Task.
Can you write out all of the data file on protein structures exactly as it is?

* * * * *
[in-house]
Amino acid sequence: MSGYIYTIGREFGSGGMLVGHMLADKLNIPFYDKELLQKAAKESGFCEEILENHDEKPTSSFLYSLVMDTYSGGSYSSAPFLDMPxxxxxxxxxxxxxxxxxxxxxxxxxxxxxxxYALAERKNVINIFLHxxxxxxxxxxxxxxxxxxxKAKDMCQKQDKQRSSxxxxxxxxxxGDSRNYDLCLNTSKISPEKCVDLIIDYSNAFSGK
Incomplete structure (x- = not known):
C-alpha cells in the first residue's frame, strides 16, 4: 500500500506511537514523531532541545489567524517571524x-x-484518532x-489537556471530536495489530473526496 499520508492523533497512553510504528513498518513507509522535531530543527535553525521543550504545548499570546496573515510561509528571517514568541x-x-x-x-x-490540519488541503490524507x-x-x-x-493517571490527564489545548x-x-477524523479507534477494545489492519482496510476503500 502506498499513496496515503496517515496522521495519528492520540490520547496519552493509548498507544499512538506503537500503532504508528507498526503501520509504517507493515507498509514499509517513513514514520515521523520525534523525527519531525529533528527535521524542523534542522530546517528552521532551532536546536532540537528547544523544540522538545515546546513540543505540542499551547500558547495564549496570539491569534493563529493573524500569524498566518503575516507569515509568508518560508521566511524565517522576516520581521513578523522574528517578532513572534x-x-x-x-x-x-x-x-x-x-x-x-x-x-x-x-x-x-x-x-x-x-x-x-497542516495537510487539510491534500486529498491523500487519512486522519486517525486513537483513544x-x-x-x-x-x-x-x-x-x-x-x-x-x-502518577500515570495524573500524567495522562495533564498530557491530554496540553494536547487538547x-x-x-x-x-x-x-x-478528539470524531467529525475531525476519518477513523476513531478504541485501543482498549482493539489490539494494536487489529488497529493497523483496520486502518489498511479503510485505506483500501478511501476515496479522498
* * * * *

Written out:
[in-house]
Amino acid sequence: MSGYIYTIGREFGSGGMLVGHMLADKLNIPFYDKELLQKAAKESGFCEEILENHDEKPTSSFLYSLVMDTYSGGSYSSAPFLDMPxxxxxxxxxxxxxxxxxxxxxxxxxxxxxxxYALAERKNVINIFLHxxxxxxxxxxxxxxxxxxxKAKDMCQKQDKQRSSxxxxxxxxxxGDSRNYDLCLNTSKISPEKCVDLIIDYSNAFSGK
Incomplete structure (x- = not known):
C-alpha cells in the first residue's frame, strides 16, 4: 500500500506511537514523531532541545489567524517571524x-x-484518532x-489537556471530536495489530473526496 499520508492523533497512553510504528513498518513507509522535531530543527535553525521543550504545548499570546496573515510561509528571517514568541x-x-x-x-x-490540519488541503490524507x-x-x-x-493517571490527564489545548x-x-477524523479507534477494545489492519482496510476503500 502506498499513496496515503496517515496522521495519528492520540490520547496519552493509548498507544499512538506503537500503532504508528507498526503501520509504517507493515507498509514499509517513513514514520515521523520525534523525527519531525529533528527535521524542523534542522530546517528552521532551532536546536532540537528547544523544540522538545515546546513540543505540542499551547500558547495564549496570539491569534493563529493573524500569524498566518503575516507569515509568508518560508521566511524565517522576516520581521513578523522574528517578532513572534x-x-x-x-x-x-x-x-x-x-x-x-x-x-x-x-x-x-x-x-x-x-x-x-497542516495537510487539510491534500486529498491523500487519512486522519486517525486513537483513544x-x-x-x-x-x-x-x-x-x-x-x-x-x-502518577500515570495524573500524567495522562495533564498530557491530554496540553494536547487538547x-x-x-x-x-x-x-x-478528539470524531467529525475531525476519518477513523476513531478504541485501543482498549482493539489490539494494536487489529488497529493497523483496520486502518489498511479503510485505506483500501478511501476515496479522498